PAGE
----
- We’re battling bias with tech - as a business that loves automation and technology, we’re using some neat tools to improve our diversity. For example, we’re now using knack.it as a blind recruiting tool to eliminate unintentional bias. We’ve had the team take the Harvard implicit association test too - it helps you to become more self aware
- We’re being transparent - we’re sharing both our diversity beliefs and data publicly (as you can see!) We want to hold ourselves to account
These measures are just the start. We are committed to building a diverse, inclusive team and there’ll be more to do as we make progress.
Bulb’s Full Diversity Statistics - July 2017
We surveyed our team using the Law Society’s diversity questionnaire. Taking part was voluntary and there was no obligation to answer every question.
(We felt it right to be sensitive in how we present this data publicly, especially since there are only 50 people in the Bulb team. Some information has remained confidential, for example data on a team level)
1. Gender equality
We have a predominantly male company, but are on the way to a better balance:
We are making steady progress towards building a more gender balanced team at Bulb. This is a particular challenge for us. We are a technology company in the energy industry. Both have a systemic gender bias. We also hire many science, technology, engineering, and mathematics (“STEM”) graduates due to the nature of our work. There is a systemic gender bias here too. For example, we know that as few as 16% of undergraduates in engineering and technology are female.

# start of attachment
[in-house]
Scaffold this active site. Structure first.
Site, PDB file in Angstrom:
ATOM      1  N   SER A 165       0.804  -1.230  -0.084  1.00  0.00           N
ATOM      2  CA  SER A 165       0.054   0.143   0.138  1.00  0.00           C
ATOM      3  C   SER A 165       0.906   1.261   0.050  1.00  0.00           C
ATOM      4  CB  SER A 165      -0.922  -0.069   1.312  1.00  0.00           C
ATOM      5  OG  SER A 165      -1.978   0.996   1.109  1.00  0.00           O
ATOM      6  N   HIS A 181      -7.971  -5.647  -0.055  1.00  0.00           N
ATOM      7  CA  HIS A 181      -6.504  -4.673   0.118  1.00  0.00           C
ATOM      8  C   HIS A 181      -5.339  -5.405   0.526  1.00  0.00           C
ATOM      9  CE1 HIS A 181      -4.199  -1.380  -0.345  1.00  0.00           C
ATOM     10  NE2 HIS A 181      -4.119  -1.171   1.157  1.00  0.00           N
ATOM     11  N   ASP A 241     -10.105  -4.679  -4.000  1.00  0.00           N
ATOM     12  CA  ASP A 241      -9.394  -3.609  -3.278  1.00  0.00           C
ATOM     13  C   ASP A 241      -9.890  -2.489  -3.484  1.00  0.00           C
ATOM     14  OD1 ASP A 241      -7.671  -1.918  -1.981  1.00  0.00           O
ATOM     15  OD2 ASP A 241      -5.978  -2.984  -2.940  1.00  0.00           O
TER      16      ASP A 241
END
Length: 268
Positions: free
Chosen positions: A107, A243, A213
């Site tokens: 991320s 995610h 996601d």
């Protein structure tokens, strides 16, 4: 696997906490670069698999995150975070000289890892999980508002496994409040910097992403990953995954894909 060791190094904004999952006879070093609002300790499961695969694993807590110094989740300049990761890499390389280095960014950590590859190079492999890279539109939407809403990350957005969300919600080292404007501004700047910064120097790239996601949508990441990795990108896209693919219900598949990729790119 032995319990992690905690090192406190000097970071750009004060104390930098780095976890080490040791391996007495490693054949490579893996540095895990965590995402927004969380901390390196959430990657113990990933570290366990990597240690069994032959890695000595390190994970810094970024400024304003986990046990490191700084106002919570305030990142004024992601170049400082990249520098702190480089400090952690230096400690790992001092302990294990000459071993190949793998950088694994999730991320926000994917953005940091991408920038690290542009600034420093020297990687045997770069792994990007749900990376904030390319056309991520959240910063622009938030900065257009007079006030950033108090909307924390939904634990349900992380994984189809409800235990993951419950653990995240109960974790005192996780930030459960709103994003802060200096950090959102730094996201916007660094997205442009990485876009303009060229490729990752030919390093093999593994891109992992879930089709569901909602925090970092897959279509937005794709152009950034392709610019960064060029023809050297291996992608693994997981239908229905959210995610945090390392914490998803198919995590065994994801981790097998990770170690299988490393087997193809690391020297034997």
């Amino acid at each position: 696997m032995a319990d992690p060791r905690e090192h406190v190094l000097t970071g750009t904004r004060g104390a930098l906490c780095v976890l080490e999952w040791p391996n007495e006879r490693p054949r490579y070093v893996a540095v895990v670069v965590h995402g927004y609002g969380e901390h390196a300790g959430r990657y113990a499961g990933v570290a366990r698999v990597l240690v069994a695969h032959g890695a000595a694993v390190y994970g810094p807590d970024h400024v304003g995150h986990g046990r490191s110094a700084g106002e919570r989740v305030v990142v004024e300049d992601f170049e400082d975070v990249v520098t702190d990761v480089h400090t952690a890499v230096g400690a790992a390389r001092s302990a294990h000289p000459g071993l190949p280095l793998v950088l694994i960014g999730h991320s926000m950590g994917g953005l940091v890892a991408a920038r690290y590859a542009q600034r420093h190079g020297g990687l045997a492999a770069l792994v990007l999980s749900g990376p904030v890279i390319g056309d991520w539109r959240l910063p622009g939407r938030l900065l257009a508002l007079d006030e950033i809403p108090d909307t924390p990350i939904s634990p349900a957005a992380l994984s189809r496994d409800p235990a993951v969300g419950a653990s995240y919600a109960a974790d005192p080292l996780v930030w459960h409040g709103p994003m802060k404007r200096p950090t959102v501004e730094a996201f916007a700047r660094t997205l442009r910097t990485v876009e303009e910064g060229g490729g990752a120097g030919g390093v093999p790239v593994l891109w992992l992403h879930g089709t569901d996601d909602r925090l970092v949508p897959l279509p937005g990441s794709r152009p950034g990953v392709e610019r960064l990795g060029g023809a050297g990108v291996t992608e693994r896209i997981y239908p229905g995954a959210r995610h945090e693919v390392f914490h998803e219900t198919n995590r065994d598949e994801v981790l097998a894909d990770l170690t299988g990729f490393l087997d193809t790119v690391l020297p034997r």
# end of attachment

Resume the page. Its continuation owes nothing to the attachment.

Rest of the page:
Our leadership team of 4 is 100% male. We have no women on our internal or external boards. This is something we will be addressing when we add to either of those teams.
We have a high percentage of LGBQ team members:
Over 80% of our company identify as heterosexual and 10% as LGBQ. This is a higher share of LGBQ than the UK national average of 1.7% in 2015, as measured by the Office of National Statistics. We’re really proud of this and want to make it even better.
3. Socio-economic background
We can do better on our team’s socio-economic background:
Bulb has an above average share of people who attended independent or fee paying schools: 23%. Despite currently operating in the UK alone, just over 30% of our team attended school in another country.
100% of our team are graduates. Just under 30% of Bulb’s staff were the first generation of their family to attend university or further education.
4. Family and age
We are a young business with very few parents:
95% of our company are under the age of 35. The same number don’t care for any children.
We can be better at creating an attractive workplace for those with disabilities:
When asked, less than 5% of our team told us they consider themselves as having a disability as defined by the Equality Act. This compares to the official Government statistic of 10% in the workforce currently working with a disability.
6. Ethnic diversity
Our team is less ethnically diverse than London as a whole: